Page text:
While it isn't the main focus of my teaching or writing, being a psychic medium is still a big part of who I am. All day every day I receive a stream of subtle information that I use as a guide through life. When I go haunted places, however, that mechanism kicks into high gear, and I gain a different perspective.
Jim and I just returned on Thursday from a quick trip to San Diego, Long Beach, and Laguna Beach. With my friend Nicole Strickland's passion for haunted San Diego and the Queen Mary (she's written multiple books about HMS Queen Mary and recently released a book about haunted San Diego), naturally we visited a few haunted locations. Below a bit of history of each, as well as my impressions.
Whaley House, Old Town, San Diego
The Whaley House is a small, unassuming brick house plopped smack in the middle of San Diego's bustling Old Town, a popular tourist area featuring fun, touristy shops and lots of really tasty Mexican food.
Thomas Whaley arrived in San Francisco in 1849 chasing gold in the California gold rush. Instead of panning for gold himself, however, Whaley made his fortune selling supplies to miners. His home in San Francisco burned, however, and in 1851 he moved to San Diego. He briefly returned to his family home in New York to get married and returned with his new wife, Anna.
Whaley purchased the property for his home in 1855 and erected a brick house on it, completing construction in 1857. Along with creating a luxuriously-appointed home the San Diego Herald called "the finest new brick block in Southern California," Whaley also operated a general store from the property, although he soon relocated the store to a busier location.
After the birth of their three children and the death of Whaley's business partner, along with the destruction of his store from a fire, Whaley moved his family to San Francisco (where they had two more children), but they returned to San Diego after a few years and re-took up residence in the brick house, where he once again operated a general store.
Other businesses operated in the house included a theater in an upstairs bedroom that was the home of the Tanner Troupe, and a courtroom in the front room granary.
Violet Whaley, one of the Whaley daughters, committed suicide in the home (she shot herself) after a divorce, and both Anna and Francis Whaley died in the home. Additionally, before Whaley purchased the property, the grounds were used for public hangings, including the most famous, that of Yankee Jim Robinson, a drifter convicted of grand larceny.
Many report the Whaley House as one of America's most haunted houses, and the Whaley House itself embraces the building and grounds' haunted reputation.
I really liked the energy of the Whaley House, and I didn't have any significant impressions or experiences. Jim, on the other hand, who describes himself as a psychic "lead-lined bank vault," had what he felt was a very powerful experience as we peered into Violet's room. At the time, unaware of the history, he said he felt as if he was trying to slash his own wrists in despair. Now Violet committed suicide by gun, but it's interesting Jim's impression was of a suicide attempt in a room where a woman eventually committed suicide.
The price to visit the Whaley House Museum is reasonable: $16 for an adult, and the tour is self guided. It's an interesting piece of San Diego history, and I especially loved the energy of the theater, which felt warm, inviting, and even a bit joyful. Parking on the street may be a challenge, but there are lots and garages with reasonable fees nearby. Be sure to enjoy some Mexican food at one of many restaurants in Old Town, and while you're in Old Town visit Gum Saan Land of the Golden Mountain, a lovely shop filled with treasures from Tibet and Nepal including authentic and antique singing bowls, South American Imports (it's tucked behind the Coyote Cafe), which is a nice crystal shop with tons of specimens and a knowledgeable, friendly owner, and MIner's Gems and Minerals (across from Gum Saan), which has some great mineral and fossil specimens.
Hotel Del Coronado, Coronado Island, San Diego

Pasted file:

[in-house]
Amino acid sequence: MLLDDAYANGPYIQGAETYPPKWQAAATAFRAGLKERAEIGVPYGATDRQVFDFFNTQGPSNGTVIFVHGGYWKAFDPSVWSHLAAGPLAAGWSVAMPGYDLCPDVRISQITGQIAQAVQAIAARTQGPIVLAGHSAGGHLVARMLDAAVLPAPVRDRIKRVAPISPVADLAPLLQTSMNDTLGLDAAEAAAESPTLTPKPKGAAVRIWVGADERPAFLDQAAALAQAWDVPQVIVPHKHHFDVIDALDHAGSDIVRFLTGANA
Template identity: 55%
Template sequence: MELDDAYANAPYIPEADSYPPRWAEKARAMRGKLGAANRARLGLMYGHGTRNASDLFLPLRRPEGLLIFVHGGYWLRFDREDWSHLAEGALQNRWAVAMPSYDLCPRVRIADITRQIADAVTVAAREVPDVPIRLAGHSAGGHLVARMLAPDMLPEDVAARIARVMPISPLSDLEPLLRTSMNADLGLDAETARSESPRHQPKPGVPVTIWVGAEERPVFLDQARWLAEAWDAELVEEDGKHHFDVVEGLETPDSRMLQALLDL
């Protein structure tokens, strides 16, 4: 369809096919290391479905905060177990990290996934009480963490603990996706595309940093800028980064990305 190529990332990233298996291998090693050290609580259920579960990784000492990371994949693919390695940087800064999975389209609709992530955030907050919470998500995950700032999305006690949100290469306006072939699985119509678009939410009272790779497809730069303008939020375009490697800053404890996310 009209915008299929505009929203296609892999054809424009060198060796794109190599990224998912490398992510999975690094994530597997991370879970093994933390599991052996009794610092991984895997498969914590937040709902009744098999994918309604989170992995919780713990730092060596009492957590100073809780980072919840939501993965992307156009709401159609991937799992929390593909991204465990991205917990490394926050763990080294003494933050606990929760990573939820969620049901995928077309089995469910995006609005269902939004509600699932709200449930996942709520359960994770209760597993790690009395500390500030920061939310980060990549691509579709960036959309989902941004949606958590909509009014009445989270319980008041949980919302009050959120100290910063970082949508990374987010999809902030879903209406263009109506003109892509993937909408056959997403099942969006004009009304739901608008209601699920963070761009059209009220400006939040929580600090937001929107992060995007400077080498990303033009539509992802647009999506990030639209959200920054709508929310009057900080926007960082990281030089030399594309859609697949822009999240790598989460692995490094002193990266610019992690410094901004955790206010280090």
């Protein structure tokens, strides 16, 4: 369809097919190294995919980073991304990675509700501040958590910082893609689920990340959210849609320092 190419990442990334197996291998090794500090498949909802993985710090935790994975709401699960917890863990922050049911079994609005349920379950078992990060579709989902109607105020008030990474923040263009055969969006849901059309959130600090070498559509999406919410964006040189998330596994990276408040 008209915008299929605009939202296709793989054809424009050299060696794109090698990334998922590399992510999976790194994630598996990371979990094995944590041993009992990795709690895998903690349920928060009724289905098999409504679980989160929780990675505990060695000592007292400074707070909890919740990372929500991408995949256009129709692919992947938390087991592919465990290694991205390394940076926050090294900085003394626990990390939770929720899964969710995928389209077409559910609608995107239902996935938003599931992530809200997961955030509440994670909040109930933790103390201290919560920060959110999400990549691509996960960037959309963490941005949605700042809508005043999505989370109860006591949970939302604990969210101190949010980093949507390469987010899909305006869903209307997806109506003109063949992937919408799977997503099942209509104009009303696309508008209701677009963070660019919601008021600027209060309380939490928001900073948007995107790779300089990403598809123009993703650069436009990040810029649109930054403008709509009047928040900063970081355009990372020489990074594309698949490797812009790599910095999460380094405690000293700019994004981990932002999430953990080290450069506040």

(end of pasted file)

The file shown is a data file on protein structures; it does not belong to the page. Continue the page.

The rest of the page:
Built in 1888, the Hotel Del Coronado (also known as The Del) is a National Historic Landmark. It's currently owned by the Hilton chain and serves as an upscale resort sitting on the prime beach of San Diego's Coronado Island.
The Del has a storied history. It's appeared in films, been the preferred lodging of presidents and Hollywood giants, and it is even the setting for the mystery of Kate Morgan, a young woman who checked into the Del under an assumed name in November of 1982 who was later found dead at the base of the stairs to the beach with a gun shot wound to the head. The coroner ruled the wound self-inflicted, but that ruling is still met with skepticism. Kate is said to be seen all around the Del.
I've been fascinated with the Del for years and always wanted to stay there, so when we were considering vacations this year, Jim immediately suggested a stop there. We stayed three nights at the beginning of our trip.
I love the energy and architecture at the Del. We stayed in the old Victorian part of the building in a room on the fifth floor overlooking the courtyard. One night, Nicole and I were walking towards a breezeway on the 5th floor when Nicole spotted an apparition of a woman. As we approached the spot, I felt a gentle energy there that traveled with us through the breezeway. I didn't see her. Other than that, not a lot of experiences there except a great love of the place and its history.
Price-wise, the Del is expensive, but you get what you pay for. The service is excellent, the food is divine, the rooms are comfortable, and there's a lot to do there including gorgeous outdoor dining and bars, a world-class spa, a lovely beach, and many other amenities. Visitors can frequent the restaurants, shops, and bars at the Del. Unless you can find street parking, expect to pay for parking. Restaurants and bars are reasonably expensive. While you're there, visit the ice cream shop and enjoy the beautiful Coronado Beach.
Star of India, Maritime Museum of San Diego, Embacadero, San Diego
I've been hearing about the Star of India for a while, so naturally I was eager to explore it. As one of the attractions at San Diego's excellent Maritime Museum, the Star of India is an iron-hulled windjammer ship built in 1863 as the Euterpe. She sailed from India to Great Britain and New Zealand, and hauled salmon from Alaska to California. Retired in 1926, she was restored as a museum in the 1960s and remains seaworthy after restoration.
During her history, the Star of India collided with a Spanish brig, endured hostile seas, experienced a crew mutiny, and saw captains and crew members killed aboard and buried at sea.
I felt her energy before I even boarded the Star of India. Just walking past her bow on the dock, I noticed an aggressive and unsettled energy. Boarding, I moved to the stern first, where I felt a gentle and settled energy present. As I approached the bow on all levels, especially on the port side, however, I started to notice disorientation and what felt like heavy aggression. Nicole tells me this is consistent with reports aboard the Star of India. Apparently in this area is something called the chain locker, where an accident occurred when a crewman was crushed as another crew member raised the anchor, unaware of his presence in the chain locker at the time.